Promoting Home Education
© Beverley Paine, 2005
I like to think that we are all promoting home education as a viable alternative to school-based education by simply DOING it with our children. A friend of mine once said that it is our children, now and when they are grown, that convince others of the effectiveness of home education, and he's right. Our enthusiasm to learn and adapt to our children's changing educational needs, our willingness to research alternative methods, and find different resources that may suit our children better - these are the hallmarks of professional educators. We're doing a great job, albeit quietly and without much fuss or comment.
Some fear that a concerted and enthusiastic campaign to draw attention to the wonderful - and successful - world of home education could draw undesirable attention and result in increased and quite possibly draconian regulation. It's my experience that the 'majority' fear first and think second. I've watched and learned how effective a slow, grass roots movement can change the opinions and actions of the majority. Our individual successes - our homeschooled graduates - mount an incredibly effective and persuasive case for home education. They wipe out the fear factor, because they aren't weirdos or no-hopers - they're more often than not ordinary, well-educated, articulate young men and women. And they are increasing in number rapidly! If people feel really strongly about publicising home education than I reckon the best approach is to start a local homeschooling support group or activity group and publicise that. Have regular meetings in community spaces - a book club that meets at the community library, sports days at the local park, host art classes for everyone during the school holidays...
Education Choices is our first national commercial attempt at getting a regular magazine into newsagents across Australia. Otherways and Learning Matters are two quality magazines produced by homeschooling organisations. These magazines need support and encouragement and the only way to do that is to subscribe - to all three if you can. Then lend your magazines or give them away. Or donate a subscription to your local library. Leave them in laundromats and bus shelters. Whatever. Ask for HEA to send you some leaflets. Photocopy them and leave them in appropriate places. There is a great deal that can be done to promote homeschooling without needing to spend a lot of money.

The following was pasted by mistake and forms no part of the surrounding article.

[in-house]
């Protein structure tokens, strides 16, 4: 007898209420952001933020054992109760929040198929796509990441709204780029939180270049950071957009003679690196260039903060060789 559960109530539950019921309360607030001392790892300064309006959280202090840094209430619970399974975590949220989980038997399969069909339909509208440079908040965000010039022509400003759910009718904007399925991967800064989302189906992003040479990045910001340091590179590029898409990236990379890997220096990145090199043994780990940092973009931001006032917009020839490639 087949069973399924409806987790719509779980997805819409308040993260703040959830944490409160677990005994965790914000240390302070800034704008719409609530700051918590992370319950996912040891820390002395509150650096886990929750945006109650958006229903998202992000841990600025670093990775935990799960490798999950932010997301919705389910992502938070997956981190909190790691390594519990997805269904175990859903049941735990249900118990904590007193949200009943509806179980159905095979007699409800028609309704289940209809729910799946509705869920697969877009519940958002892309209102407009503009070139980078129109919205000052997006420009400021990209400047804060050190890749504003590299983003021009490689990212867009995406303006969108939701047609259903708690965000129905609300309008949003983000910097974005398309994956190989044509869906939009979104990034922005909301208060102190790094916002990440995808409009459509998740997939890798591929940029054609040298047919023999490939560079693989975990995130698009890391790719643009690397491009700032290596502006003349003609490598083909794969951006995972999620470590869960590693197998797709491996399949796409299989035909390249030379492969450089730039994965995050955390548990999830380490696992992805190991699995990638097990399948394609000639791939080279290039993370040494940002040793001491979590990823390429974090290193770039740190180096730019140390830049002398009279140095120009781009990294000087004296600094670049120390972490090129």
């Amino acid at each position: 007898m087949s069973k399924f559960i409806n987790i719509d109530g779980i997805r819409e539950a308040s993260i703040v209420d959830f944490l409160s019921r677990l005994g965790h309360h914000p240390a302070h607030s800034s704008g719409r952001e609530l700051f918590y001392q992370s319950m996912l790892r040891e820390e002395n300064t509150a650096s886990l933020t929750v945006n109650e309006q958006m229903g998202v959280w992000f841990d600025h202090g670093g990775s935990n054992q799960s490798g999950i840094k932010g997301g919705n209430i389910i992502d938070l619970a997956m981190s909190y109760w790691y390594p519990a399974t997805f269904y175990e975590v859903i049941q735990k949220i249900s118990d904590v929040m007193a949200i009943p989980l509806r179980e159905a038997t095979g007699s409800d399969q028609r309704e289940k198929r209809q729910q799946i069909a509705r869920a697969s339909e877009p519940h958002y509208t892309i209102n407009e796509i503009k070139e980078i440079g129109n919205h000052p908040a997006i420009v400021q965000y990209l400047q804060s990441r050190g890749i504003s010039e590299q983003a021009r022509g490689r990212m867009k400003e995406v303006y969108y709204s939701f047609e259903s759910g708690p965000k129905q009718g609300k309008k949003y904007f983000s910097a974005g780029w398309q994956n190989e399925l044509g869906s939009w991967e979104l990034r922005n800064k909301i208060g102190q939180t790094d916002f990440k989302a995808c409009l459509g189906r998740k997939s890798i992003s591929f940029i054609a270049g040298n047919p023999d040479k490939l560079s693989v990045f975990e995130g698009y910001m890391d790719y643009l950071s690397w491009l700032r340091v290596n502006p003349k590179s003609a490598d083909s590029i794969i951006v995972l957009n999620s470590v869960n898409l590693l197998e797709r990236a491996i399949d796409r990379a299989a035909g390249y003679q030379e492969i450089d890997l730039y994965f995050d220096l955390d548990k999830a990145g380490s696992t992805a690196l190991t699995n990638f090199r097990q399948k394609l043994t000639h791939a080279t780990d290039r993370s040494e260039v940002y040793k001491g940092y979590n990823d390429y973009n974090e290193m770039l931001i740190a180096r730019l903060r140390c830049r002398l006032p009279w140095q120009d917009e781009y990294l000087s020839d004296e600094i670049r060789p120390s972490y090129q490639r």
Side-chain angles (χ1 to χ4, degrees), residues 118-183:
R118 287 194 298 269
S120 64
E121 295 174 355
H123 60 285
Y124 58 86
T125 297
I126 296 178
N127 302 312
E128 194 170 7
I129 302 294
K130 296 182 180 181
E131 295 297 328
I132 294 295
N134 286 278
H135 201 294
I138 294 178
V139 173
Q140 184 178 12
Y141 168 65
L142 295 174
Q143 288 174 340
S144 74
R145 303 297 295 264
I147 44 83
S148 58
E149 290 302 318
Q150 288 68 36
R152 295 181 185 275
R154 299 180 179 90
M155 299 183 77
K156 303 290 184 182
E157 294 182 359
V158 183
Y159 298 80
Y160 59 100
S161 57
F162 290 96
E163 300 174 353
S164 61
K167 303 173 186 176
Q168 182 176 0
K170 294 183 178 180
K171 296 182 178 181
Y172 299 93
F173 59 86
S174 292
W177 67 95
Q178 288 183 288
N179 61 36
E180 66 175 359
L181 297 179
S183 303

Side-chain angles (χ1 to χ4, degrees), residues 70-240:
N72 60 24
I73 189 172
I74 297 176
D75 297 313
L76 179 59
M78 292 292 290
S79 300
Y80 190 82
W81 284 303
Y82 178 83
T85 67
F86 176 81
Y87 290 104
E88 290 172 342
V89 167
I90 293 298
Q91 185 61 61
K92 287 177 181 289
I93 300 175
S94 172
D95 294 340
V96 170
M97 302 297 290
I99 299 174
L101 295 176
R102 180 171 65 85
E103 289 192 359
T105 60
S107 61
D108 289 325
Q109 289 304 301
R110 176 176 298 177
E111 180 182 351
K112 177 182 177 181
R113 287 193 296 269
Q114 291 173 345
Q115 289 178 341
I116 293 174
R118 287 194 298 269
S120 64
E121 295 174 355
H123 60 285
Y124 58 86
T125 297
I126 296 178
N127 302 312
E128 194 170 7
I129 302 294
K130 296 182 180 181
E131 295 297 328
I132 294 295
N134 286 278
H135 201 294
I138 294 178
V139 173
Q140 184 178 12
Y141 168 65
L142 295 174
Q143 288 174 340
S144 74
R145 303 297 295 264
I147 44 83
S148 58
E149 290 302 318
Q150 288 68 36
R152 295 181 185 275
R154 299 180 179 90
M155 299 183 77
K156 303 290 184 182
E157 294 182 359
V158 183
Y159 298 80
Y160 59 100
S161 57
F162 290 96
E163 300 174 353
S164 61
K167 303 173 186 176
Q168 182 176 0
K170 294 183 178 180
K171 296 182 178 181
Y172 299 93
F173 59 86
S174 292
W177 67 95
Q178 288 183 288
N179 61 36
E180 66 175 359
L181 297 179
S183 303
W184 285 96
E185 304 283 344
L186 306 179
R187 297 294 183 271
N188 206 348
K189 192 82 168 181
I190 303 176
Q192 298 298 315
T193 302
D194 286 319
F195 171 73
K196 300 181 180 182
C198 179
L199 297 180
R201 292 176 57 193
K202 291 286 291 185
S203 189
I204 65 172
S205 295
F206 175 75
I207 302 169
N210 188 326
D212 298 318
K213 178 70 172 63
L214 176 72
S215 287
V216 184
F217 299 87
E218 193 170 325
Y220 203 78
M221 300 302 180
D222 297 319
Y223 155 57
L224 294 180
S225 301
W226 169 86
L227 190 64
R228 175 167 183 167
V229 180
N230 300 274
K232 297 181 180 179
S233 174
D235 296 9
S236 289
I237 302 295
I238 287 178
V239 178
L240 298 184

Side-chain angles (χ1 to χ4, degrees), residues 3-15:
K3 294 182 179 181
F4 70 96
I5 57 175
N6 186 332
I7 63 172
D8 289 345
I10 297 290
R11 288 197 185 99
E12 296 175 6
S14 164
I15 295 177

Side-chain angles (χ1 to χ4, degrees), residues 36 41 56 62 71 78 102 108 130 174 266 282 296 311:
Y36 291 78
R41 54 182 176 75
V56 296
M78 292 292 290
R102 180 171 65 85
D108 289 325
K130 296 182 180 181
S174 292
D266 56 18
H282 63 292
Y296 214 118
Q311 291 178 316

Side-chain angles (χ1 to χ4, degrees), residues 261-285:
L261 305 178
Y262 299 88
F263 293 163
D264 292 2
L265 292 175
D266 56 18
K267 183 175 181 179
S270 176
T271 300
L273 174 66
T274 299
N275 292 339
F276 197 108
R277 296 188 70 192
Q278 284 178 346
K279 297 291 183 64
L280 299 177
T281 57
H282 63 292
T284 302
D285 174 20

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Beverley Paine with her children, and their home educated children, relaxing at home.
Together with the support of my family, my aim is to help parents educate their children in stress-free, nurturing environments. In addition to building and maintaing this website, I continue to create and manage local and national home educating networks, help to organise conferences and camps, as well as write for, edit and produce newsletters, resource directories and magazines. I am an active supporter of national, state, regional and local home education groups.
Welcome to the
World of Home Education and
We began educating our children in 1985, when our eldest was five. In truth, we had helped them learn what they need to learn since they were born. I am a passionate advocate of allowing children to learn unhindered by unnecessary stress and competition, meeting developmental needs in ways that suit their individual learning styles and preferences. Ours was a homeschooling, unschooling and natural learning family! There are hundreds of articles on this site to help you build confidence as a home educating family. We hope that your home educating adventure is as satisfying as ours was! Beverley Paine
The information on this website is of a general nature only and is not intended as personal or professional advice. This site merges and incorporates 'Homeschool Australia' and 'Unschool Australia'.
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Beverley Paine, The Educating Parent
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